Reverence, a feeling of profound respect, to regard with honor. I thank God for all the small favors, for the rituals I perform in the simple tasks that bring water, food, warmth and light to my home, my life. The peace and beauty I have sought since my youth surrounds me in the mountains, the sky, the sun and the stars. Even when I step outside my door in the darkness of mid night, as unwilling as I am at times to slip from beneath the blankets and brave the cold of the night air, I am always grateful. I can recall standing outside our cabin in the Capitan Gap and marveling at the Milky Way, so brilliant in the darkness, unadulterated by any artificial light and I find the same wonder here. That was my introduction to true country living, where I honed the skills that I still rely on now by choice and not circumstance.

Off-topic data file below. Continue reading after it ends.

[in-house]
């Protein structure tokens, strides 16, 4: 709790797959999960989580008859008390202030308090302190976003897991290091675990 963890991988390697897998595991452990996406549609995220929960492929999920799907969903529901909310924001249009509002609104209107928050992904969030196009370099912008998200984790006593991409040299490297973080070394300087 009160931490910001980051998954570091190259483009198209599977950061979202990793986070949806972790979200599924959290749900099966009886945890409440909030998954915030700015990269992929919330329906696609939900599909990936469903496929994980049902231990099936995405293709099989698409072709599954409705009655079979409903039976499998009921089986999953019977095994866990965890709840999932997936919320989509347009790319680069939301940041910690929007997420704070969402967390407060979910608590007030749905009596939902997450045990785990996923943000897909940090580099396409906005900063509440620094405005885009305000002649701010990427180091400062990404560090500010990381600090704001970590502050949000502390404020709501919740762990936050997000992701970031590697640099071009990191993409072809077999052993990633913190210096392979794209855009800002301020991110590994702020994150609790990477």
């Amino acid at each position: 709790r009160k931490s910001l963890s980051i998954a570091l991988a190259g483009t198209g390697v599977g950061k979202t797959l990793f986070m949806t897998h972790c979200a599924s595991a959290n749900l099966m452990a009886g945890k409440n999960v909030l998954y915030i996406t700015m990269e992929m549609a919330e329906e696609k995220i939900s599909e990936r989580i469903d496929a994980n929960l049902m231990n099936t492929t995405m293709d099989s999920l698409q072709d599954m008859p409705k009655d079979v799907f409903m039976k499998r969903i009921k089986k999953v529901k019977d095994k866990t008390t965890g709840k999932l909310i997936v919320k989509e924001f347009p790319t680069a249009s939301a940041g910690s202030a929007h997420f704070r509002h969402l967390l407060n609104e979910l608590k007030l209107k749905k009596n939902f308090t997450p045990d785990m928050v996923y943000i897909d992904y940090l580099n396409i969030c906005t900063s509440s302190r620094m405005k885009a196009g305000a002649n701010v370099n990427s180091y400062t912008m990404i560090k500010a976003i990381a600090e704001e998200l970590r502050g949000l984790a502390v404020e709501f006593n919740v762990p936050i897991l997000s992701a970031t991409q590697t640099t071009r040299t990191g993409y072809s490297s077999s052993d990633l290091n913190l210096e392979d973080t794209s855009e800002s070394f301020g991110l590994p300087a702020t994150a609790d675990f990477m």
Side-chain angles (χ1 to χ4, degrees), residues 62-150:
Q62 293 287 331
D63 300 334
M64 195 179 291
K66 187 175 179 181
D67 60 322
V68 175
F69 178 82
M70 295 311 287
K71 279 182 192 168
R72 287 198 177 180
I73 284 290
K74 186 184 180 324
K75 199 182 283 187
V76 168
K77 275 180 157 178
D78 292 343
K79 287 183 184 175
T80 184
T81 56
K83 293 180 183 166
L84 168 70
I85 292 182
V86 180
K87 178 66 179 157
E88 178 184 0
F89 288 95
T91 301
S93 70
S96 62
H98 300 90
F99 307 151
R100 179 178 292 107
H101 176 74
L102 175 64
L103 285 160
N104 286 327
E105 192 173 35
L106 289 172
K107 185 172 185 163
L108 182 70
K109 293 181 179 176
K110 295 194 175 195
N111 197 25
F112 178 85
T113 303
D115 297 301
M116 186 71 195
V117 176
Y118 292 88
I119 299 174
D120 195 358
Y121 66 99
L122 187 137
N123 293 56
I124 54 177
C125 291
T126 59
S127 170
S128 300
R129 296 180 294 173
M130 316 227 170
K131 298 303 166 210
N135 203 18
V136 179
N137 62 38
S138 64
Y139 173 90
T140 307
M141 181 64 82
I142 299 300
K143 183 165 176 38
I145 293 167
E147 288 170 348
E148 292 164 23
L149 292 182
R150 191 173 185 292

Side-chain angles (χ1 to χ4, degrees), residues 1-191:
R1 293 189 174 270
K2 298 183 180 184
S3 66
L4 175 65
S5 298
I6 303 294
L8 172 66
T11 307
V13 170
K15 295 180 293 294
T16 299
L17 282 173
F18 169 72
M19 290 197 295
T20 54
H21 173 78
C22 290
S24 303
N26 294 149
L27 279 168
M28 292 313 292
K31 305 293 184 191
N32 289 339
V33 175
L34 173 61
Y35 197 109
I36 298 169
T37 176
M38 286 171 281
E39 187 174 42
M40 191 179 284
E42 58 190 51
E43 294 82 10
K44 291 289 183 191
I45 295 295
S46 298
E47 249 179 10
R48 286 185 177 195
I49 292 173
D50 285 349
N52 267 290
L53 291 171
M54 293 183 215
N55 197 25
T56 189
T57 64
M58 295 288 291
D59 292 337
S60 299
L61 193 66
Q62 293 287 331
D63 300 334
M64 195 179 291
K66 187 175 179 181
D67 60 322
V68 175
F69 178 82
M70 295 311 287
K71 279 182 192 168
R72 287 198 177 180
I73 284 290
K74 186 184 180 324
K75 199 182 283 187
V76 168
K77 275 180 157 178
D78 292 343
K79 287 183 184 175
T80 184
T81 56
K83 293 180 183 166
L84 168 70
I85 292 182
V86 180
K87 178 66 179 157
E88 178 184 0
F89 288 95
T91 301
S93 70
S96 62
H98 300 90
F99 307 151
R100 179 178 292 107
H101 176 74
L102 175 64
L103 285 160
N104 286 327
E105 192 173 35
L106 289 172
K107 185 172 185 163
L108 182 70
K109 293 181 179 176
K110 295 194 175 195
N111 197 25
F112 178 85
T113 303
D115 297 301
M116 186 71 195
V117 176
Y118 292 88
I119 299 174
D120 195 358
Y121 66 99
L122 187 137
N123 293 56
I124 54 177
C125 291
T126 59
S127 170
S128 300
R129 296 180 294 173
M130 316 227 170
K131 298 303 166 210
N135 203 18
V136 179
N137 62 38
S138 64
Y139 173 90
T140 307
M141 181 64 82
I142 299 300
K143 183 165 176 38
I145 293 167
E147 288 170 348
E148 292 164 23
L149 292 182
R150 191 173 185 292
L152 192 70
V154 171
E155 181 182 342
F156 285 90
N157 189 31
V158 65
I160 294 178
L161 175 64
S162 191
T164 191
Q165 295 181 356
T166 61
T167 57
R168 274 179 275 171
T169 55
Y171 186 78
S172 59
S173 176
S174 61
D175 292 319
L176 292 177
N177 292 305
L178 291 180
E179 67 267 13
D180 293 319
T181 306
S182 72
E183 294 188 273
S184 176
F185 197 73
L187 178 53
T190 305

There is a valuable lesson in all of this, of how our attitude towards things can so influence the very essence of our lives. I revere in the daily ritual of my survival and the performance of the tasks that one could easily grumble about if unwilling to perform them. Rather than complain that the knees of my jeans wear thin and white from the time I spend kneeling, planting and tending my garden, stoking the fire, taking out ashes and filling lanterns….I smile and thank God for the reminder of how kind he has been to me, and how fortunate I am to be so blessed with a willingness and the ability to perform these tasks. They are a reminder of the things that are most important for our survival, in mind, body and most of all, spirit. I have warmth, shelter, light, and nourishment of every sort. My efforts are rewarded directly, and not exchanged for anything else. I am reminded daily of how little else I need when I look on the splendor that surrounds me, and I cannot help but ask why I would even desire anything more………….

The Best Man I Never Knew

grand canyonDecember 8, 2011
Grand Canyon, Arizona

The Best Man I Never Knew